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How The Rule Of Law Promotes Prosperity

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The rule of law is another way of saying that laws, as they are written, are applied equally to everyone. If you break a law, it doesn’t matter how powerful, wealthy, or connected you are: you face the consequences. When followed, the rule of law leads to a more just and prosperous society.

Discussion Questions

  1. Why is the rule of law important?
  2. What are some threats to the rule of law in the United States?

Additional Resources

  • Read “The Legal Origins of American Exceptionalism” by Michael McConnell. Available here.
  • Listen as Michael McConnell discusses “The Legal Origins of American Exceptionalism,” available here.
View Transcript

The term “rule of law” is often used in political and economic contexts, but seldom explained. 

The “rule of law” is another way of saying that laws, as they are written, are applied equally to everyone. 

If you break a law, it doesn’t matter how wealthy, connected, or powerful you are: you face the consequences.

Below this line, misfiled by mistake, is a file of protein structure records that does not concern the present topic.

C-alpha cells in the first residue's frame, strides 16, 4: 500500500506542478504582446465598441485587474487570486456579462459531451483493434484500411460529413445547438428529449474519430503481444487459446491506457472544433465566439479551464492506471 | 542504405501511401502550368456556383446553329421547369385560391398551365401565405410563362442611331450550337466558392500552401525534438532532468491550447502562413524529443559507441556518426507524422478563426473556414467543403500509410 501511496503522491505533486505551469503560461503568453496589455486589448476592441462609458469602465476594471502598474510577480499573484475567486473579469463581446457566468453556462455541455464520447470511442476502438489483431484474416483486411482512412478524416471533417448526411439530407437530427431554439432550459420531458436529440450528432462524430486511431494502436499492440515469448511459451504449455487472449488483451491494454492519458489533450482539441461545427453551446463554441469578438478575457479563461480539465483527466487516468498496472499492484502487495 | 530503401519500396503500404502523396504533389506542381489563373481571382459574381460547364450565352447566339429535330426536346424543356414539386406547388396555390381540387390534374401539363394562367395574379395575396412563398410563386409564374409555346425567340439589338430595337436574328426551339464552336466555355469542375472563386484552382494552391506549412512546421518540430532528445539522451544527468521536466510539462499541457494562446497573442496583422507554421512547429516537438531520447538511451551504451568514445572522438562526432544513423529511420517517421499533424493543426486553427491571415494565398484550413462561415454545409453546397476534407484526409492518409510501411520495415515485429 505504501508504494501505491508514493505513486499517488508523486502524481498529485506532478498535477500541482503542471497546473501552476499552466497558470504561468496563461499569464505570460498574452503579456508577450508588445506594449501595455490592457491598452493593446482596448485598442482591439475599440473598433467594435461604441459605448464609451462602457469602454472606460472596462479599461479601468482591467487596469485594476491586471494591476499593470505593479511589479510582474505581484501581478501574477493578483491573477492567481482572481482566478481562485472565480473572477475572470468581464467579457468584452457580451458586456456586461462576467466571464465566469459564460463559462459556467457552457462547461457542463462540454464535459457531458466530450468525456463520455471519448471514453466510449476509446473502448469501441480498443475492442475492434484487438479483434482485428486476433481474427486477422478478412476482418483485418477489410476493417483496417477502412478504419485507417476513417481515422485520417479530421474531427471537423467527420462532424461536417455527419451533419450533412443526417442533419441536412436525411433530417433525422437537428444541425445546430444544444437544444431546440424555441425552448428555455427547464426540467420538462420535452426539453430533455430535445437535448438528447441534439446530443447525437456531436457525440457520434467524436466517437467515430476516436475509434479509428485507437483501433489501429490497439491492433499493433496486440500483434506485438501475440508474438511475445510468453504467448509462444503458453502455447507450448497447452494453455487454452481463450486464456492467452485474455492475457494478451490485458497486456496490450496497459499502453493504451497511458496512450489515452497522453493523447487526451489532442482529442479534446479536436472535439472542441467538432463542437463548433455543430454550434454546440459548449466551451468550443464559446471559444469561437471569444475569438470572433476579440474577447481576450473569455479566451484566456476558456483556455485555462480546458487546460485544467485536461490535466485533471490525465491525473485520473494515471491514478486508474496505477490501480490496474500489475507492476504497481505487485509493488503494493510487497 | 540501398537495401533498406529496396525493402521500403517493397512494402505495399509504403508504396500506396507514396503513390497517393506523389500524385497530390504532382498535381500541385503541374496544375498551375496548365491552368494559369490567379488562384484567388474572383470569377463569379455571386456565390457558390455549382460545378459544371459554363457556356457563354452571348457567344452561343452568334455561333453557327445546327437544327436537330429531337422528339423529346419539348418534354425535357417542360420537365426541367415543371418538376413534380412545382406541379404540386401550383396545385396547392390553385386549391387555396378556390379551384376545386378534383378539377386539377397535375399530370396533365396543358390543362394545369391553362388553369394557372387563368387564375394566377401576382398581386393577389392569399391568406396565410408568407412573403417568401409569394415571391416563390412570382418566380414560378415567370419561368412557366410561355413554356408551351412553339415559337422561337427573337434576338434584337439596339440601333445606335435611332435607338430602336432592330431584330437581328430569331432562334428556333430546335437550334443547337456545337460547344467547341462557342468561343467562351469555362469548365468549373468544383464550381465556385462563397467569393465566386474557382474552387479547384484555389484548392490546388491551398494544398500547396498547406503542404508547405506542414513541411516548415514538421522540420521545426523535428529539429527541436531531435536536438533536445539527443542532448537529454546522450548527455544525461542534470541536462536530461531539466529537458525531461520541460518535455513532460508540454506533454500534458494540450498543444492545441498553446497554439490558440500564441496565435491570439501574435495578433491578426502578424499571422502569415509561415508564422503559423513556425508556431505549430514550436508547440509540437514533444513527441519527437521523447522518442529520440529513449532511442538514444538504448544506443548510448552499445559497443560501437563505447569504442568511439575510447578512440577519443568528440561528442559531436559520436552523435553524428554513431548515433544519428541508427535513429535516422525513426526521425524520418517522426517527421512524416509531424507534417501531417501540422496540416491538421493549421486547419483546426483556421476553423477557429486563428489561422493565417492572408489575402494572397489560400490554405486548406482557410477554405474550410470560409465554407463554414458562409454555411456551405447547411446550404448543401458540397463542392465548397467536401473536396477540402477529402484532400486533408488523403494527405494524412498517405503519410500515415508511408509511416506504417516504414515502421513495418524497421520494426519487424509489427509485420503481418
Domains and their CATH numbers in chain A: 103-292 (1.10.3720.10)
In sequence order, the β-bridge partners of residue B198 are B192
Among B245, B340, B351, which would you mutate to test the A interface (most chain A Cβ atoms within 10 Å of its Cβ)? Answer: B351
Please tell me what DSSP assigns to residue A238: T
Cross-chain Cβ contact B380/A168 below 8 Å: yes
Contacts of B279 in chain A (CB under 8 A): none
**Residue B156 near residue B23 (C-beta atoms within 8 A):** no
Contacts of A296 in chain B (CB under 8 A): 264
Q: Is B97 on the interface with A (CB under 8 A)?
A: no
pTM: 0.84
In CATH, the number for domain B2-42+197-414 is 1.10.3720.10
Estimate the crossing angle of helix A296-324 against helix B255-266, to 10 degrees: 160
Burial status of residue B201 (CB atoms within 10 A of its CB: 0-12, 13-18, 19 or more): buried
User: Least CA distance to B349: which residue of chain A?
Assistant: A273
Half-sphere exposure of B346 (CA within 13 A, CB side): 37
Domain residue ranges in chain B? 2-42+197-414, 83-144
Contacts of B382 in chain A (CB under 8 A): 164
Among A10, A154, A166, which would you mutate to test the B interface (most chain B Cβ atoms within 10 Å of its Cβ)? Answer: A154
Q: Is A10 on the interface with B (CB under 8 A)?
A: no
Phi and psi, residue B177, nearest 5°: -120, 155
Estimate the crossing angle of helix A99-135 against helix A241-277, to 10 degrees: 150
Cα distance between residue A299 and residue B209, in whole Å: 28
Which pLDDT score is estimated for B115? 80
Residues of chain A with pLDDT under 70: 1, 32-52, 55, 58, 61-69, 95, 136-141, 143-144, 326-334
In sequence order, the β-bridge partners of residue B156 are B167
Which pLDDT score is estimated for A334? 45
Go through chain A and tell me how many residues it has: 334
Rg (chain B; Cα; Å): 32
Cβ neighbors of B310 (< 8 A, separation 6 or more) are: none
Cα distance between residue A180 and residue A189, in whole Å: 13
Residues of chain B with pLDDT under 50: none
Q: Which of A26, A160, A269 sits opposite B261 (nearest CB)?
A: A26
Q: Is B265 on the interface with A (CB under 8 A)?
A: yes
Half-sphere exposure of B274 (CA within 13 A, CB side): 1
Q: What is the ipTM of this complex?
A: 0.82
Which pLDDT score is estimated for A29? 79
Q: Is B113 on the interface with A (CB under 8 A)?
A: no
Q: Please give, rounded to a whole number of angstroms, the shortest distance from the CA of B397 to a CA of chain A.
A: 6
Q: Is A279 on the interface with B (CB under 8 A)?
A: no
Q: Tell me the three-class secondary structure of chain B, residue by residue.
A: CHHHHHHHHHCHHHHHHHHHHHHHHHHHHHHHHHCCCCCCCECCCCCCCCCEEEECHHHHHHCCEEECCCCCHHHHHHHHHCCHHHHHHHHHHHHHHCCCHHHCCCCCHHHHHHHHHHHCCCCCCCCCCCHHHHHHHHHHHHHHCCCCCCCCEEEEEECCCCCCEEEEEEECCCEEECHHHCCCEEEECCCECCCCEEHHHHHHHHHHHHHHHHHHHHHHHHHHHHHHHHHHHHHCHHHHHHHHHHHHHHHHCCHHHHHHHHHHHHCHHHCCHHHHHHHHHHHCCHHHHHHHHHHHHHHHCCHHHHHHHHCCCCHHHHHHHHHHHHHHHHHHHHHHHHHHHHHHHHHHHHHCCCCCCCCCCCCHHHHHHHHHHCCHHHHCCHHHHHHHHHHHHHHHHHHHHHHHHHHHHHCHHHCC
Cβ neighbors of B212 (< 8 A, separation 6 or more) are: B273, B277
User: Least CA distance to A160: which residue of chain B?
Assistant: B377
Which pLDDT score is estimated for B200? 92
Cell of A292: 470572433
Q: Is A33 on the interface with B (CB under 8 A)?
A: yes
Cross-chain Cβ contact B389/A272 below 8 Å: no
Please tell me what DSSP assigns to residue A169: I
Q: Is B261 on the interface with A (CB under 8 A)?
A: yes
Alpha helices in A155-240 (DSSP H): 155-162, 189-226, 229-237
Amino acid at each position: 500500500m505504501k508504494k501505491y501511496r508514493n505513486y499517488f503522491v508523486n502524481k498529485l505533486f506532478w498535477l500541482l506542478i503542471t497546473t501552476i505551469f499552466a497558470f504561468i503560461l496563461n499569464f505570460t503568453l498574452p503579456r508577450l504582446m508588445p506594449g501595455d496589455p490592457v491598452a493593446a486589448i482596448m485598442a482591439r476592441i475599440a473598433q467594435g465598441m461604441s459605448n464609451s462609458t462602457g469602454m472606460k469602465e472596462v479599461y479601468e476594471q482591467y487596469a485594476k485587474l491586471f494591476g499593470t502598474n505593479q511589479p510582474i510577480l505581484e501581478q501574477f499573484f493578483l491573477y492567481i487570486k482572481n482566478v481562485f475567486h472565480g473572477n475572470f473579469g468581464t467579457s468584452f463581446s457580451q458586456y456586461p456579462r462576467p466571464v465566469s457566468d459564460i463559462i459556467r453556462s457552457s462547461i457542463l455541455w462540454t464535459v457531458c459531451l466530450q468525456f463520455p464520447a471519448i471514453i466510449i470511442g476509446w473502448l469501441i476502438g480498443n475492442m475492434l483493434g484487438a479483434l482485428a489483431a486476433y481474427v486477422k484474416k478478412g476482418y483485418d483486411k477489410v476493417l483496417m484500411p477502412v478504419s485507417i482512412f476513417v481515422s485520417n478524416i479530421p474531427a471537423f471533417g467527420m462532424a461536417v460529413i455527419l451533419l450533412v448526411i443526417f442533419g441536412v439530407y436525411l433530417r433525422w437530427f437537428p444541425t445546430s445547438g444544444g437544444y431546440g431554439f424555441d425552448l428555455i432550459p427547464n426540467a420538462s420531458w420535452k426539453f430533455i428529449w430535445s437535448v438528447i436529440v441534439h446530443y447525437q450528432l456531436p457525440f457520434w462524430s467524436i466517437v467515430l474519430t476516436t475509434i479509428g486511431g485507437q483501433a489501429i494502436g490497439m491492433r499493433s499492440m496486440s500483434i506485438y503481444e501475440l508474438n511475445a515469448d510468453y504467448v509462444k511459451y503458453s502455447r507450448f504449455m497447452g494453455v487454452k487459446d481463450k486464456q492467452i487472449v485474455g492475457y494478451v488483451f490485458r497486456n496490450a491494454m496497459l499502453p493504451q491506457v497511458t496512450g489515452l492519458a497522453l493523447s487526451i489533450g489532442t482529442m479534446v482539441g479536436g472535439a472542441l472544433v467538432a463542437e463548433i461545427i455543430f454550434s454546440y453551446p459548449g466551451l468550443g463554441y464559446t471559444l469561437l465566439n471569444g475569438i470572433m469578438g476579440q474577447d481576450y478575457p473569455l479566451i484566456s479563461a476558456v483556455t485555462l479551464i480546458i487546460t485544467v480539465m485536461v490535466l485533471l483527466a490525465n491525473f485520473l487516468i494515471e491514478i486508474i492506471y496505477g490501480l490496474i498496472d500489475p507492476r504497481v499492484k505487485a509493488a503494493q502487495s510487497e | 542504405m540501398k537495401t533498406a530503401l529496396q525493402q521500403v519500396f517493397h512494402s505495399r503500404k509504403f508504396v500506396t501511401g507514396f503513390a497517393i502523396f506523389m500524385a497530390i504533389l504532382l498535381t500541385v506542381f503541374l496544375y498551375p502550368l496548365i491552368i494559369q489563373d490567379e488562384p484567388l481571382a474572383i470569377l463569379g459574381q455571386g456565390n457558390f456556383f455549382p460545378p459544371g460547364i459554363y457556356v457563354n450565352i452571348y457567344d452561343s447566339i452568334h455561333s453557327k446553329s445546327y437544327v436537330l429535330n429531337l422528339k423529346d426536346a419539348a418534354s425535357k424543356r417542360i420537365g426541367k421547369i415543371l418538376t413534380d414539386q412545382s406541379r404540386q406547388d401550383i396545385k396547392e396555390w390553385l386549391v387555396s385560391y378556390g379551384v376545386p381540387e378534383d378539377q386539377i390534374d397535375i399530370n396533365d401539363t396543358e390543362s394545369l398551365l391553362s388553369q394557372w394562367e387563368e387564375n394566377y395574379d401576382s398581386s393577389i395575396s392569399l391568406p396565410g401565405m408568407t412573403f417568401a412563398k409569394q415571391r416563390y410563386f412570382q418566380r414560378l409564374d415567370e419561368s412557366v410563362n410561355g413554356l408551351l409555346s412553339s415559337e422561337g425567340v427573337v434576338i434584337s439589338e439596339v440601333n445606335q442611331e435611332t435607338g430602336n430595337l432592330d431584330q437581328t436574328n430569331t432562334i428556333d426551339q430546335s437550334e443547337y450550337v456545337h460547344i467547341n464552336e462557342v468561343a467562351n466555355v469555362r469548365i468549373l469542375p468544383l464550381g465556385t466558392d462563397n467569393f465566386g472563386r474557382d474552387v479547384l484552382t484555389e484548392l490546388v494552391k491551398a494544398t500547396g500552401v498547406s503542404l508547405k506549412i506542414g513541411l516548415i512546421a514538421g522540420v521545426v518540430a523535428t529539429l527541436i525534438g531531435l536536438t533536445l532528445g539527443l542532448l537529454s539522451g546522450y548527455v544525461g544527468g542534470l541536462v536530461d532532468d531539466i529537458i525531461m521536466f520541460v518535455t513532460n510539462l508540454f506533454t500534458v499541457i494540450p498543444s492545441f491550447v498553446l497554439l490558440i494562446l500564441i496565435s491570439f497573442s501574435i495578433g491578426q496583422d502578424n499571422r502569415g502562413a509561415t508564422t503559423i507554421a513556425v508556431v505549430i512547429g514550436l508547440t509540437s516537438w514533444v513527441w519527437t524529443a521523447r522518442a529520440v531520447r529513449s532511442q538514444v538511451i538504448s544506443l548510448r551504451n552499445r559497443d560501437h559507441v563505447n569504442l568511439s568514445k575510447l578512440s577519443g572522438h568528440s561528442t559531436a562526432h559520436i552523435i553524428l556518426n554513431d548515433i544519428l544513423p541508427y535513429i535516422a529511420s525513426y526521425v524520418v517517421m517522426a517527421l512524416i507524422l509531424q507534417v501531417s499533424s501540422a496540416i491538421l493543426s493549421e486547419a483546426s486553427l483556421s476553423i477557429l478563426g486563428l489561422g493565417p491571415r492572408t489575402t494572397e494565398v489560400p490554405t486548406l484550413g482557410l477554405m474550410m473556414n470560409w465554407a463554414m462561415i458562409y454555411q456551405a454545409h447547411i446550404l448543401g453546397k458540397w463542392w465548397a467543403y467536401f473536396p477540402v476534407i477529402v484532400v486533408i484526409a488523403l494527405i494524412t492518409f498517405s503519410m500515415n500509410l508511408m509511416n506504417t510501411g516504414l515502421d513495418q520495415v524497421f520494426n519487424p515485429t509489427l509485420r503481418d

When followed, the rule of law leads to a more just and prosperous society. 

Civil disputes are more likely to be resolved peacefully. 

And in business, people are more willing to enter into contracts if they have a high degree of confidence that those contracts will be honored – or that they will be compensated appropriately if they’re broken. 

The rule of law in politics can be seen around the world when there are peaceful transitions of power following election. 

It even governs behavior between countries as well, as in the case of World Trade Organization disputes or mutually agreed upon free trade agreements. 

And while it can be tempting to bend the rule of law in specific instances that seem especially unjust, the benefits to society are maximized when we follow the law as it is written